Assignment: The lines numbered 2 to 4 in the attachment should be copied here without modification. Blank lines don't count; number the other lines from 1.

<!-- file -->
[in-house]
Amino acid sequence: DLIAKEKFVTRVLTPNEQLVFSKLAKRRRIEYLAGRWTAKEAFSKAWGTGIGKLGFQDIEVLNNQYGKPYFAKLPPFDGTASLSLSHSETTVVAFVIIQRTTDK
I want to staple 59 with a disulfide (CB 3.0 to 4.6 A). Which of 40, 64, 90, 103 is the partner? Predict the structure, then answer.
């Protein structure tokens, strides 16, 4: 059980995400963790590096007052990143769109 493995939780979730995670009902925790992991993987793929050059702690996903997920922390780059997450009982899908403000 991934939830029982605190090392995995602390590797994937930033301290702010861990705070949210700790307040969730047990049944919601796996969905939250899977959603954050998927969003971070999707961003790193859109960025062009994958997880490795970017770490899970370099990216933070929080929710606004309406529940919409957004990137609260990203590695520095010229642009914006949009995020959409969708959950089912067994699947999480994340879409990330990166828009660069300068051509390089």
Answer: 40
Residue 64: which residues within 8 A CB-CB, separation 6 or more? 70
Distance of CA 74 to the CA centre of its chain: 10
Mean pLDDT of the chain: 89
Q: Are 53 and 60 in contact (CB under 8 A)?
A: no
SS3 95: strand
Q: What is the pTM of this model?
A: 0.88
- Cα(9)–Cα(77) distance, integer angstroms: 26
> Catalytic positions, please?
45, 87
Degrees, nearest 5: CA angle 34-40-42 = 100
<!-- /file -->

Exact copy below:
Amino acid sequence: DLIAKEKFVTRVLTPNEQLVFSKLAKRRRIEYLAGRWTAKEAFSKAWGTGIGKLGFQDIEVLNNQYGKPYFAKLPPFDGTASLSLSHSETTVVAFVIIQRTTDK
I want to staple 59 with a disulfide (CB 3.0 to 4.6 A). Which of 40, 64, 90, 103 is the partner? Predict the structure, then answer.
């Protein structure tokens, strides 16, 4: 059980995400963790590096007052990143769109 493995939780979730995670009902925790992991993987793929050059702690996903997920922390780059997450009982899908403000 991934939830029982605190090392995995602390590797994937930033301290702010861990705070949210700790307040969730047990049944919601796996969905939250899977959603954050998927969003971070999707961003790193859109960025062009994958997880490795970017770490899970370099990216933070929080929710606004309406529940919409957004990137609260990203590695520095010229642009914006949009995020959409969708959950089912067994699947999480994340879409990330990166828009660069300068051509390089």